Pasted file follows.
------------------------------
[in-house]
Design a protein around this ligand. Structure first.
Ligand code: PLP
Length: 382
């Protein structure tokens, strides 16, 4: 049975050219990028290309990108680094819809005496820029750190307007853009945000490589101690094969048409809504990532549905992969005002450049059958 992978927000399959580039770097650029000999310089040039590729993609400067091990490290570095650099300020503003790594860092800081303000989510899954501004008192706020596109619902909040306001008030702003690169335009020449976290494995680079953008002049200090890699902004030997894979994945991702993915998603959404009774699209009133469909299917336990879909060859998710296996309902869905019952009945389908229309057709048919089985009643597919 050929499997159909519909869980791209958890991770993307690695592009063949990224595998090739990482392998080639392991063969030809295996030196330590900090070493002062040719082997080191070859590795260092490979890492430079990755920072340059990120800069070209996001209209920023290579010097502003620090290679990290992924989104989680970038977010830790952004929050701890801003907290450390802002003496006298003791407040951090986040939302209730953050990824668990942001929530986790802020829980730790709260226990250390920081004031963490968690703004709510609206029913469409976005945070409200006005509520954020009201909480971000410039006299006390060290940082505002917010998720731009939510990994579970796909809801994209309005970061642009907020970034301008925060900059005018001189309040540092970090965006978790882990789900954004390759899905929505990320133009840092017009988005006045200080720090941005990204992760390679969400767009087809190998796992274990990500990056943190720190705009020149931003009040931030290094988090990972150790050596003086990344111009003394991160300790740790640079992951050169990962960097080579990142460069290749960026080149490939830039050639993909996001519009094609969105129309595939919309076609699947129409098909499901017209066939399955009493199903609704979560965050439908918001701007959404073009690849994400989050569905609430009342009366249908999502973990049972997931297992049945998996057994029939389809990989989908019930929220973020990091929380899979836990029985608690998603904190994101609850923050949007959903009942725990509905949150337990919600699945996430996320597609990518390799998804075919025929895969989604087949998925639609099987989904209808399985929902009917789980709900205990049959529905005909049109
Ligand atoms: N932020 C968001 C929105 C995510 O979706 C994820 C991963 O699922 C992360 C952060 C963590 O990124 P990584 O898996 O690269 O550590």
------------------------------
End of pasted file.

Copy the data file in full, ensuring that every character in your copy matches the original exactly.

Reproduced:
[in-house]
Design a protein around this ligand. Structure first.
Ligand code: PLP
Length: 382
């Protein structure tokens, strides 16, 4: 049975050219990028290309990108680094819809005496820029750190307007853009945000490589101690094969048409809504990532549905992969005002450049059958 992978927000399959580039770097650029000999310089040039590729993609400067091990490290570095650099300020503003790594860092800081303000989510899954501004008192706020596109619902909040306001008030702003690169335009020449976290494995680079953008002049200090890699902004030997894979994945991702993915998603959404009774699209009133469909299917336990879909060859998710296996309902869905019952009945389908229309057709048919089985009643597919 050929499997159909519909869980791209958890991770993307690695592009063949990224595998090739990482392998080639392991063969030809295996030196330590900090070493002062040719082997080191070859590795260092490979890492430079990755920072340059990120800069070209996001209209920023290579010097502003620090290679990290992924989104989680970038977010830790952004929050701890801003907290450390802002003496006298003791407040951090986040939302209730953050990824668990942001929530986790802020829980730790709260226990250390920081004031963490968690703004709510609206029913469409976005945070409200006005509520954020009201909480971000410039006299006390060290940082505002917010998720731009939510990994579970796909809801994209309005970061642009907020970034301008925060900059005018001189309040540092970090965006978790882990789900954004390759899905929505990320133009840092017009988005006045200080720090941005990204992760390679969400767009087809190998796992274990990500990056943190720190705009020149931003009040931030290094988090990972150790050596003086990344111009003394991160300790740790640079992951050169990962960097080579990142460069290749960026080149490939830039050639993909996001519009094609969105129309595939919309076609699947129409098909499901017209066939399955009493199903609704979560965050439908918001701007959404073009690849994400989050569905609430009342009366249908999502973990049972997931297992049945998996057994029939389809990989989908019930929220973020990091929380899979836990029985608690998603904190994101609850923050949007959903009942725990509905949150337990919600699945996430996320597609990518390799998804075919025929895969989604087949998925639609099987989904209808399985929902009917789980709900205990049959529905005909049109
Ligand atoms: N932020 C968001 C929105 C995510 O979706 C994820 C991963 O699922 C992360 C952060 C963590 O990124 P990584 O898996 O690269 O550590």